keywords = "Agricultural irrigation, Air quality, Ozone variation, WRF-Chem simulation",
author = "J. Li and Alex Mahalov and P. Hyde",
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TY - JOUR

T1 - Impacts of agricultural irrigation on ozone concentrations in the Central Valley of California and in the contiguous United States based on WRF-Chem simulations

AU - Li, J.

AU - Mahalov, Alex

AU - Hyde, P.

PY - 2016/5/1

Y1 - 2016/5/1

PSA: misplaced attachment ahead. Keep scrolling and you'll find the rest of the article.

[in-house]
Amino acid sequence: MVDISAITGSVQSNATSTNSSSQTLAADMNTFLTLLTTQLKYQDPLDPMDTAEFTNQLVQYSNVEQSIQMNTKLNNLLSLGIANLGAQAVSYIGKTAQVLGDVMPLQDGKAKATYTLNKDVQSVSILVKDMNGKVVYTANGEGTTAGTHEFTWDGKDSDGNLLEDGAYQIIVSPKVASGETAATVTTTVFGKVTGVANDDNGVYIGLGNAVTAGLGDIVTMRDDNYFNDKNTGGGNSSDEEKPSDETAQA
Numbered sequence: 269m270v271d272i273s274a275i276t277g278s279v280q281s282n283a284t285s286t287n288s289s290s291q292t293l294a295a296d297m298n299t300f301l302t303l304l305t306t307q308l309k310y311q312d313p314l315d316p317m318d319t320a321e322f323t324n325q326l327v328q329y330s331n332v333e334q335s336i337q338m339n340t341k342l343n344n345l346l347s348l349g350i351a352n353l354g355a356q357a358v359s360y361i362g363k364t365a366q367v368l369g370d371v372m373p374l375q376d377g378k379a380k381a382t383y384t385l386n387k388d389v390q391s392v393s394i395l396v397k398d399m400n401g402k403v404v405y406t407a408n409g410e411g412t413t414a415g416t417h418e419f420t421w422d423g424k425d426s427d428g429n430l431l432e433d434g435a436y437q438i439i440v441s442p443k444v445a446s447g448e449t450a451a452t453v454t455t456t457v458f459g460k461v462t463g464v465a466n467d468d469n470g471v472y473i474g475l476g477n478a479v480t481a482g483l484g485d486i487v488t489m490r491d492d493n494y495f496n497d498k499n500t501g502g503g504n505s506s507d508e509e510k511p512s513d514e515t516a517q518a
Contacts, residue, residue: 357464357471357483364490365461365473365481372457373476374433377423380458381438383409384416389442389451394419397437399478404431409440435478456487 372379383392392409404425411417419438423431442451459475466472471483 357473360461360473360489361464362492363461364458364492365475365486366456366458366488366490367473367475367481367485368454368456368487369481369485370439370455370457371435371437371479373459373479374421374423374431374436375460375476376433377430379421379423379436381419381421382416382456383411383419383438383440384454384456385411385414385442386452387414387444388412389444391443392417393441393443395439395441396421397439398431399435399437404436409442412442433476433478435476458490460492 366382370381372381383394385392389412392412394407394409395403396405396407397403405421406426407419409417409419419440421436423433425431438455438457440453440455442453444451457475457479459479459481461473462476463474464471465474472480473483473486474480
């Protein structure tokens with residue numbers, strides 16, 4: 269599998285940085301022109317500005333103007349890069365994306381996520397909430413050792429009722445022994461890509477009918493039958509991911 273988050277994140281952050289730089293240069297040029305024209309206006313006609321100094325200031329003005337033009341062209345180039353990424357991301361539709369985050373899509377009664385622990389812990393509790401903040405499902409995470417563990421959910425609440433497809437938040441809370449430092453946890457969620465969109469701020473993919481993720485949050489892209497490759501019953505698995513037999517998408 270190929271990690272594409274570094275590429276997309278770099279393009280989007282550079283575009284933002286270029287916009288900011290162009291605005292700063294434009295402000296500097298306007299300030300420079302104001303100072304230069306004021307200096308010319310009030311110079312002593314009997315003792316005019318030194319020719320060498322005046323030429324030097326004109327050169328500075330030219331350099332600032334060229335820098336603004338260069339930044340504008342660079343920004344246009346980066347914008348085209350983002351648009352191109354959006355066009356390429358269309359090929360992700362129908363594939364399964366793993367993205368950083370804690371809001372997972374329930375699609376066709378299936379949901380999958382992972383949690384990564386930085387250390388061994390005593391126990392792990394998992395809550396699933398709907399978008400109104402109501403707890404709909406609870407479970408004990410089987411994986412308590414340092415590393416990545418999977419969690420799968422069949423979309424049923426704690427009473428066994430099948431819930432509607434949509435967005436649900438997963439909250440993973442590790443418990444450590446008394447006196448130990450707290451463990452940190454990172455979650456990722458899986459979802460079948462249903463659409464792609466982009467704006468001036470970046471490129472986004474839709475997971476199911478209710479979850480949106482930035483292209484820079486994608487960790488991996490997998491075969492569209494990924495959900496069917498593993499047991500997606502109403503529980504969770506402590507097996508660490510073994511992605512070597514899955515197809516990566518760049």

N2 - In this study, a realistic irrigation method is incorporated into a model called Weather Research and Forecasting with Chemistry (WRF-Chem) to determine the impacts of irrigation on ozone and other pollutants over the Central Valley of California and thereafter throughout the contiguous United States. In comparison with observations, model simulations at current configurations underestimate ozone (O3) and volatile organic compound (VOC) concentrations, especially during the elevated episode periods. The model results, however, are generally comparable with previous studies and the simulations adequately capture the spatial and temporal variability of these pollutant concentrations. In comparison with observations and model control runs, model simulations with irrigation runs are slightly improved. Our results show that irrigation increases primary pollutant concentrations in the irrigated areas under cloudless conditions, consistent with previous studies. In July and August, 2005, for instance, with clear skies, irrigation increases hourly surface [CO] up to 40 ppb with an irrigated grid average of 16 ppb or 8.3%; [VOC] up to 10 ppb with an irrigated grid average of 4.6 ppb or 21.4%; and [NOx] up to 4 ppb with irrigated grid average of 0.72 ppb or 12.6%, especially near urban areas during daytime. On the other hand, irrigation marginally decreases ground-level ozone concentrations ([O3]) over irrigated land: it decreases hourly [O3] by -0.14 ppb or -0.45% and decreases daily 8 h maximum average (DMA8) [O3] by -0.39 ppb or -0.76%. In contrast, irrigation increases hourly [O3] up to 5 ppb over the surrounding unirrigated areas of the San Joaquin Valley, during both daytime and nighttime. Furthermore, except for the Pacific Northwest, similar patterns of ozone variation are simulated by the model in other irrigated regions in the continental United States. The explanation is that irrigation results in cooler ground surfaces, which first decreases instability and turbulence, leading to a weakening of the vertical mixing of primary pollutants. Therefore, irrigation increases surface primary pollutant concentrations within the irrigation zone. Irrigation also results in daytime local circulations that enhance horizontal transport of ozone and other pollutants from irrigated to unirrigated areas near the ground surface. Because our results are based on two months in 2005 and on national anthropogenic emission inventories, the magnitude of these ozone changes could vary somewhat year to year; nonetheless, the methods and results from this study can be applied to any heavily polluted and irrigated agricultural area.